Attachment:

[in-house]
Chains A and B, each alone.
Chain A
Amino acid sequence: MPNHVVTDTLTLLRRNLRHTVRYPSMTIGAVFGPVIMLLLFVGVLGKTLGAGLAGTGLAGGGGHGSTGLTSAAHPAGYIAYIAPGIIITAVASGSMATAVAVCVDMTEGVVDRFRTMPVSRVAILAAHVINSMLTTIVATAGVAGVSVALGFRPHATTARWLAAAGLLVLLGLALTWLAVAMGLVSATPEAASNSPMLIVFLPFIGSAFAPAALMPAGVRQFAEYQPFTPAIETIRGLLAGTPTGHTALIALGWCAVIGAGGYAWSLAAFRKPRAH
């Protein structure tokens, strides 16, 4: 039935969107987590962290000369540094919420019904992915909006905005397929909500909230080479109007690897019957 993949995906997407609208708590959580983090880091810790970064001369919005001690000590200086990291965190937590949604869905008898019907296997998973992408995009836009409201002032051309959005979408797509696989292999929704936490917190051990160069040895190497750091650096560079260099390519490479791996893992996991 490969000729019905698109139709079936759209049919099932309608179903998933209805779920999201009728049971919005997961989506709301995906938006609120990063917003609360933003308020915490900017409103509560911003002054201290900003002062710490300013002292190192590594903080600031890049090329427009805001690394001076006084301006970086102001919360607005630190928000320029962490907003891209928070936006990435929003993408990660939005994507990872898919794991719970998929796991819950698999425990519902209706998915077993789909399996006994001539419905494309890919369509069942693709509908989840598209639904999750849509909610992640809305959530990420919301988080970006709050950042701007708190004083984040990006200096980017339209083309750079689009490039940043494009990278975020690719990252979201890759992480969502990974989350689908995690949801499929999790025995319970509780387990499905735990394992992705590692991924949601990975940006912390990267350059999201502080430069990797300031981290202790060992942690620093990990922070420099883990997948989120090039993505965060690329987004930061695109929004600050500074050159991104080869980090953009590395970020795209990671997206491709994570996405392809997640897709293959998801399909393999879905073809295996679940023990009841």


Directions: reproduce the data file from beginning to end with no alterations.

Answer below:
[in-house]
Chains A and B, each alone.
Chain A
Amino acid sequence: MPNHVVTDTLTLLRRNLRHTVRYPSMTIGAVFGPVIMLLLFVGVLGKTLGAGLAGTGLAGGGGHGSTGLTSAAHPAGYIAYIAPGIIITAVASGSMATAVAVCVDMTEGVVDRFRTMPVSRVAILAAHVINSMLTTIVATAGVAGVSVALGFRPHATTARWLAAAGLLVLLGLALTWLAVAMGLVSATPEAASNSPMLIVFLPFIGSAFAPAALMPAGVRQFAEYQPFTPAIETIRGLLAGTPTGHTALIALGWCAVIGAGGYAWSLAAFRKPRAH
């Protein structure tokens, strides 16, 4: 039935969107987590962290000369540094919420019904992915909006905005397929909500909230080479109007690897019957 993949995906997407609208708590959580983090880091810790970064001369919005001690000590200086990291965190937590949604869905008898019907296997998973992408995009836009409201002032051309959005979408797509696989292999929704936490917190051990160069040895190497750091650096560079260099390519490479791996893992996991 490969000729019905698109139709079936759209049919099932309608179903998933209805779920999201009728049971919005997961989506709301995906938006609120990063917003609360933003308020915490900017409103509560911003002054201290900003002062710490300013002292190192590594903080600031890049090329427009805001690394001076006084301006970086102001919360607005630190928000320029962490907003891209928070936006990435929003993408990660939005994507990872898919794991719970998929796991819950698999425990519902209706998915077993789909399996006994001539419905494309890919369509069942693709509908989840598209639904999750849509909610992640809305959530990420919301988080970006709050950042701007708190004083984040990006200096980017339209083309750079689009490039940043494009990278975020690719990252979201890759992480969502990974989350689908995690949801499929999790025995319970509780387990499905735990394992992705590692991924949601990975940006912390990267350059999201502080430069990797300031981290202790060992942690620093990990922070420099883990997948989120090039993505965060690329987004930061695109929004600050500074050159991104080869980090953009590395970020795209990671997206491709994570996405392809997640897709293959998801399909393999879905073809295996679940023990009841």